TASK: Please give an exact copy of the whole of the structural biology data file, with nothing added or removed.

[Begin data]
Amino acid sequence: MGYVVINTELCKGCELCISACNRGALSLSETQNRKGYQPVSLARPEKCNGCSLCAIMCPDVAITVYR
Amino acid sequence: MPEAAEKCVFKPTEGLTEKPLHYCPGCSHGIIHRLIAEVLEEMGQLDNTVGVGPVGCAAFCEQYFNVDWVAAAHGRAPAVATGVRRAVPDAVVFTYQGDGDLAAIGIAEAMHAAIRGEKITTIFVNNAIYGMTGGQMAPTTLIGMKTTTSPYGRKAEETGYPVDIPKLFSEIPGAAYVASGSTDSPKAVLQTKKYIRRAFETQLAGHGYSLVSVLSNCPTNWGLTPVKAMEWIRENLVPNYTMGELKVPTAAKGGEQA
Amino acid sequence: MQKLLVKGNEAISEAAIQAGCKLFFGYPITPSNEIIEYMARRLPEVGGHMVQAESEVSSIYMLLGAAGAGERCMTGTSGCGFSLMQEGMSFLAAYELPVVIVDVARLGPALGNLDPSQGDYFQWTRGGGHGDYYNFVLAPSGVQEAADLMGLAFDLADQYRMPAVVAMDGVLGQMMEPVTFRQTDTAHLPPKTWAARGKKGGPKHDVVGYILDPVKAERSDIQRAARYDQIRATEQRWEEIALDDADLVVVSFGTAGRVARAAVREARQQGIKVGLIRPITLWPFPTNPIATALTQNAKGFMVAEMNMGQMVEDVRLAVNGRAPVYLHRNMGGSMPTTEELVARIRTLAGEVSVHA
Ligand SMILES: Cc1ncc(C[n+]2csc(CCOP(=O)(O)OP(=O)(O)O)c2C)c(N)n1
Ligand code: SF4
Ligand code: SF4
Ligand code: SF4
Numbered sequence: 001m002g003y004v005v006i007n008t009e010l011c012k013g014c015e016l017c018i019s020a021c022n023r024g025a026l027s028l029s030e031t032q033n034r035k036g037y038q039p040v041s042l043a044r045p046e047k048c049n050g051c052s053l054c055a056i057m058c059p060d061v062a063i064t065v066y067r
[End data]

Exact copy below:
Amino acid sequence: MGYVVINTELCKGCELCISACNRGALSLSETQNRKGYQPVSLARPEKCNGCSLCAIMCPDVAITVYR
Amino acid sequence: MPEAAEKCVFKPTEGLTEKPLHYCPGCSHGIIHRLIAEVLEEMGQLDNTVGVGPVGCAAFCEQYFNVDWVAAAHGRAPAVATGVRRAVPDAVVFTYQGDGDLAAIGIAEAMHAAIRGEKITTIFVNNAIYGMTGGQMAPTTLIGMKTTTSPYGRKAEETGYPVDIPKLFSEIPGAAYVASGSTDSPKAVLQTKKYIRRAFETQLAGHGYSLVSVLSNCPTNWGLTPVKAMEWIRENLVPNYTMGELKVPTAAKGGEQA
Amino acid sequence: MQKLLVKGNEAISEAAIQAGCKLFFGYPITPSNEIIEYMARRLPEVGGHMVQAESEVSSIYMLLGAAGAGERCMTGTSGCGFSLMQEGMSFLAAYELPVVIVDVARLGPALGNLDPSQGDYFQWTRGGGHGDYYNFVLAPSGVQEAADLMGLAFDLADQYRMPAVVAMDGVLGQMMEPVTFRQTDTAHLPPKTWAARGKKGGPKHDVVGYILDPVKAERSDIQRAARYDQIRATEQRWEEIALDDADLVVVSFGTAGRVARAAVREARQQGIKVGLIRPITLWPFPTNPIATALTQNAKGFMVAEMNMGQMVEDVRLAVNGRAPVYLHRNMGGSMPTTEELVARIRTLAGEVSVHA
Ligand SMILES: Cc1ncc(C[n+]2csc(CCOP(=O)(O)OP(=O)(O)O)c2C)c(N)n1
Ligand code: SF4
Ligand code: SF4
Ligand code: SF4
Numbered sequence: 001m002g003y004v005v006i007n008t009e010l011c012k013g014c015e016l017c018i019s020a021c022n023r024g025a026l027s028l029s030e031t032q033n034r035k036g037y038q039p040v041s042l043a044r045p046e047k048c049n050g051c052s053l054c055a056i057m058c059p060d061v062a063i064t065v066y067r